Preliminary Report on SOR/2020-96
Canadian use and value of non-restricted firearms prohibited under SOR/2020-96
The Preliminary Report on the Canadian use and value of non-restricted firearms prohibited under SOR/2020-96 is intended to better inform the general public, political, and legal discussions that are happening right now about the amended regulations (SOR/2020-96) introduced on May 1, 2020 that prohibited a large number of firearms in Canada.
To our understanding, this is the only comprehensive and cohesive examination of the uses and estimated financial values of previously non-restricted firearms prohibited under SOR/2020-96, including any available government impact analyses and rationalization for the prohibitions.
The results of this preliminary report are intended to provide a qualitative list of previously non-restricted firearms to show the categorial uses by Canadians, but is not able to quantify how many people own or use these firearms, the frequency of uses, or the collective financial value of the firearms being prohibited.
The preliminary report identifies the specific hunting and sporting uses as identified through a survey for 64 previously non-restricted firearms that are listed in the RCMP’s Firearms Reference Table (FRT) as prohibited by SOR/2020-96. There are many other newly prohibited firearms were not reported by survey respondents, as well as many identified firearms that meet the new prohibition thresholds for bore diameter and muzzle energy that are not yet listed in the FRT. The number of non-restricted firearms prohibited under the amended regulations is much higher than 64, but the report is limited to those firearms where specific ‘use’ information was provided through the survey.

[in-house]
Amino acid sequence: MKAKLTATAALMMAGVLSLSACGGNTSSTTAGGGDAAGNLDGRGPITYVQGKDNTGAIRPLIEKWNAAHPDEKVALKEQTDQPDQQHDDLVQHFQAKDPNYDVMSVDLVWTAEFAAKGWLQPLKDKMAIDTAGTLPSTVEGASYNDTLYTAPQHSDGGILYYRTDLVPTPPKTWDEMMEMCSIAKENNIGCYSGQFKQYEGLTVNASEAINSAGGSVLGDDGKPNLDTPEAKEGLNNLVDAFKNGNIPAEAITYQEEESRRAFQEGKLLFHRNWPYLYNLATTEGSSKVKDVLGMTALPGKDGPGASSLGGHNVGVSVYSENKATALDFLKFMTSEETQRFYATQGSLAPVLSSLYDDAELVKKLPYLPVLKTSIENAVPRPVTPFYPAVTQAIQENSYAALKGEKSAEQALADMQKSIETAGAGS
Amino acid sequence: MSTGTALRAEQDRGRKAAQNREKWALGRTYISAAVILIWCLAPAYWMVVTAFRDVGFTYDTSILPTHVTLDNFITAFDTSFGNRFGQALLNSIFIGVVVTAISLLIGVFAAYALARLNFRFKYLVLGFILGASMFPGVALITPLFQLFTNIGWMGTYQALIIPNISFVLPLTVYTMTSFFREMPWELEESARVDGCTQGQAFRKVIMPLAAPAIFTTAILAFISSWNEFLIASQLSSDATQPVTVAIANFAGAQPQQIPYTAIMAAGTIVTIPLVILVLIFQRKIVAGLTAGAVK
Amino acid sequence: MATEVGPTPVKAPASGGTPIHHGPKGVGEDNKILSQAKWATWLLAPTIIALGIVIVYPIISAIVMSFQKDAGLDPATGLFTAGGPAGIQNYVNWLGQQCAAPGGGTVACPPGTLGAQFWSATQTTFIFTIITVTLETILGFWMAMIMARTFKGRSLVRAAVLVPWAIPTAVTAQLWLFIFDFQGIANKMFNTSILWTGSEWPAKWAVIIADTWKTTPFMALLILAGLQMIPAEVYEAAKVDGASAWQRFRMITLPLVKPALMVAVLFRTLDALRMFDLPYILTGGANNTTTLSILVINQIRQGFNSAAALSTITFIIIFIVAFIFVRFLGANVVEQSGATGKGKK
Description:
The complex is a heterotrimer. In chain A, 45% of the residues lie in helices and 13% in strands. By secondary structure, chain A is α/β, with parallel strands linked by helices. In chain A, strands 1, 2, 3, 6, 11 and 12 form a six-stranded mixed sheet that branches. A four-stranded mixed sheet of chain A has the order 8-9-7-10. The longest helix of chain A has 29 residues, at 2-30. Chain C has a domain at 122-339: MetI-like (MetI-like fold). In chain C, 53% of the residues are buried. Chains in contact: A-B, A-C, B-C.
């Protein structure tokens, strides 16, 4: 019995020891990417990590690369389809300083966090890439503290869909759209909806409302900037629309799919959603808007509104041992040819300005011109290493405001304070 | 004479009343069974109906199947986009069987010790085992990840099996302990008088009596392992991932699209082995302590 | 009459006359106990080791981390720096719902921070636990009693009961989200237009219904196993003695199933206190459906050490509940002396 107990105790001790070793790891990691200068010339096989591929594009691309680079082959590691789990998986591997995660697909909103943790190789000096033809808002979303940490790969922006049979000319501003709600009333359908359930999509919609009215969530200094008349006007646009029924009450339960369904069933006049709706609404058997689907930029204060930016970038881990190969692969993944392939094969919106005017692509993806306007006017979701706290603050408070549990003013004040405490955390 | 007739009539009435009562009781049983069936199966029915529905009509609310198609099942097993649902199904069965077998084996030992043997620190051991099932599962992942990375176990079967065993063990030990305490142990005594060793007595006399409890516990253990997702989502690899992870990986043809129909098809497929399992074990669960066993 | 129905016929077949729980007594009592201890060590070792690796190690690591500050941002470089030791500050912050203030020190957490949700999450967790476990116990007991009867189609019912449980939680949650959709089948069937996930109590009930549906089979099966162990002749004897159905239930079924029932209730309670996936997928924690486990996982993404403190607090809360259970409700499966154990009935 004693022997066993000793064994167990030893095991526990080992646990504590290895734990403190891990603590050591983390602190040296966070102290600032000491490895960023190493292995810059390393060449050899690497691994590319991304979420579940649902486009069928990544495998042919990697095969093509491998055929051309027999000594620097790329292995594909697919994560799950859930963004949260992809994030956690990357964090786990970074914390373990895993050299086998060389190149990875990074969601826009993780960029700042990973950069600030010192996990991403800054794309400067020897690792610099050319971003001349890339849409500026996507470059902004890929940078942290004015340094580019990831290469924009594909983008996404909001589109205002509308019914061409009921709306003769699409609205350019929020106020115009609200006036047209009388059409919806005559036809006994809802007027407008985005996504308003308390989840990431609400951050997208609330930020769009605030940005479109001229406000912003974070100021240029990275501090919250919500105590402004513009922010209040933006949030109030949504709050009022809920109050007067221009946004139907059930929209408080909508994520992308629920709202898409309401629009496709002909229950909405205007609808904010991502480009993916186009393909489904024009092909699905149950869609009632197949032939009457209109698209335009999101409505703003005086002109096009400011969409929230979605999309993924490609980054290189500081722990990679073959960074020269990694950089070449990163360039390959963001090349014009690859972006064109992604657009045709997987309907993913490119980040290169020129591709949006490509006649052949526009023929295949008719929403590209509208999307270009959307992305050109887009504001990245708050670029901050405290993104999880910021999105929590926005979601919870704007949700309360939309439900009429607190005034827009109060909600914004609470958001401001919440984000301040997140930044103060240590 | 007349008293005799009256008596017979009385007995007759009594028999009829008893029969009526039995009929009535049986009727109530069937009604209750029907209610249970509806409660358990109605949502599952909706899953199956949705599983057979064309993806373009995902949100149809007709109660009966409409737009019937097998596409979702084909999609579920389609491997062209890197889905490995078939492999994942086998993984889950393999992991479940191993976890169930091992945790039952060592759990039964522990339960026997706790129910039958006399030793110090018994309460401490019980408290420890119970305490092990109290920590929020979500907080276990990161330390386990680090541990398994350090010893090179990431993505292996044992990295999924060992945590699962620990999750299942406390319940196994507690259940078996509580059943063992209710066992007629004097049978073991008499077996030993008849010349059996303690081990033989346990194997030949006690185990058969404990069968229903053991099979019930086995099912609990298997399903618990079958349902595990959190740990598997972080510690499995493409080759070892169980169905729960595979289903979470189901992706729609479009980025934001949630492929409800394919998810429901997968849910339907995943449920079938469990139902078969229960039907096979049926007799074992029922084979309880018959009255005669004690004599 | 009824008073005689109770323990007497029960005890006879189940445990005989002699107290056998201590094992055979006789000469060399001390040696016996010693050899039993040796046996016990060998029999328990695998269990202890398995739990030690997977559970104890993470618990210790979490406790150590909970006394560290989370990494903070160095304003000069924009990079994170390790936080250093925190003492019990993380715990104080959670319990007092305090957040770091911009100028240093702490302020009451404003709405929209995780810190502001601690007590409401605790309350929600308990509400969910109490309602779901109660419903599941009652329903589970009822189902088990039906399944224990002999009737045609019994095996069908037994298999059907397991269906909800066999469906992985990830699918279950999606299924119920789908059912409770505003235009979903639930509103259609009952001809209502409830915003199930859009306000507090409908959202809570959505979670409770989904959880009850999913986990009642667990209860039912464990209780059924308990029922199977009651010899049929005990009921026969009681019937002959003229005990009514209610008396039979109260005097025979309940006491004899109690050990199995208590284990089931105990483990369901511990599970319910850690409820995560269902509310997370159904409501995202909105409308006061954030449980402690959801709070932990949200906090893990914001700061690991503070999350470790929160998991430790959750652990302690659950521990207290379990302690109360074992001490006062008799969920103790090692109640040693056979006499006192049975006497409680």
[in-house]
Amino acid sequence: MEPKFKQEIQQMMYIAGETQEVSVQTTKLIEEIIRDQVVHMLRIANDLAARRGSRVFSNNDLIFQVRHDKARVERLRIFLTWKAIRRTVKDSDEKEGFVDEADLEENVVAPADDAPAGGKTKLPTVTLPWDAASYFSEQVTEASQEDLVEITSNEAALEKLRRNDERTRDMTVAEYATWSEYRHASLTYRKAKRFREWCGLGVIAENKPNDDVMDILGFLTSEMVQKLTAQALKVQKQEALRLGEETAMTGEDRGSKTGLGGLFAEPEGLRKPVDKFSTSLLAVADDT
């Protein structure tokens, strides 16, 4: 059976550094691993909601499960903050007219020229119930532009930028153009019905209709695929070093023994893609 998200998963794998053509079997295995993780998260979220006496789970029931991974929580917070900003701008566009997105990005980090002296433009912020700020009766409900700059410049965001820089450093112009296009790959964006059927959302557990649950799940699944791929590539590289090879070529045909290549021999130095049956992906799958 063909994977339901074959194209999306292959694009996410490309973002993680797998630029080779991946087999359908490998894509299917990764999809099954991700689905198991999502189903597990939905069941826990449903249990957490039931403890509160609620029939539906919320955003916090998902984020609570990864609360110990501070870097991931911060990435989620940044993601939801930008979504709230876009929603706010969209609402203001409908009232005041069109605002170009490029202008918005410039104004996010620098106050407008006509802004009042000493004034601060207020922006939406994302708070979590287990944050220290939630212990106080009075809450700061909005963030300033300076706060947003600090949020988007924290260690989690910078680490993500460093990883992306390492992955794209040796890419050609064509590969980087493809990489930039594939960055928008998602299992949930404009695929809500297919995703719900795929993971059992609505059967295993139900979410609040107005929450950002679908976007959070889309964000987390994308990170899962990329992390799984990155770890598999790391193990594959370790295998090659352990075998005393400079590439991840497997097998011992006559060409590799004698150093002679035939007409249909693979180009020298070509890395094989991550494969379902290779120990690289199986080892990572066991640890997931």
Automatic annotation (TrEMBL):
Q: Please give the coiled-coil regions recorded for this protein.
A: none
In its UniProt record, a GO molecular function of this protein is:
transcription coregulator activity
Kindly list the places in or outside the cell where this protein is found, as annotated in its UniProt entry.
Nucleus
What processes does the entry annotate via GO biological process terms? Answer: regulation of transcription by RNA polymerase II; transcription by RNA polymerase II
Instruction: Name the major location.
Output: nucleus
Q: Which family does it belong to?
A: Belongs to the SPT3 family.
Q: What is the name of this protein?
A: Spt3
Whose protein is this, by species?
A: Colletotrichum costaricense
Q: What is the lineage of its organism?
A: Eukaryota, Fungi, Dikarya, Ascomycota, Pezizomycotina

Survey respondents listed 53 (82.8%) of the 64 firearms as used for hunting prior to prohibition, with 44 (68.8%) of them having hunting reported as the primary use. Not surprisingly, the percentage of firearms having shooting sports (competition, target shooting/plinking, trap and skeet) identified as a use was even higher at 92.2% (81.3% as a primary use).
The survey responses and summarized results indicate that there is a considerable legacy of use in Canada for many previously non-restricted firearms. It is clear reclassification decisions will impact many Canadians who participated in legitimate, lawful, and socioeconomically important activities using these firearms, including collection, hunting, and shooting sports. The historical and modern use of these firearms for sporting or hunting purposes should not be dismissed or ignored without thorough examination by the federal government.
It is not the responsibility of the OFAH, this report, or any other stakeholder to prove that existing uses of the newly prohibited firearms are not “reasonable for use in Canada for hunting or sporting purposes”, but rather the federal government’s requirement to prove that they aren’t as required under S. 117.15(2) of the Criminal Code to rationalize their decisions prior to reclassification. Not only is this legally required, but it should be done out of respect for the hundreds of thousands of Canadians who will be directly impacted. This report is simply intended to provide insight about the use of these firearms to inform the conversation.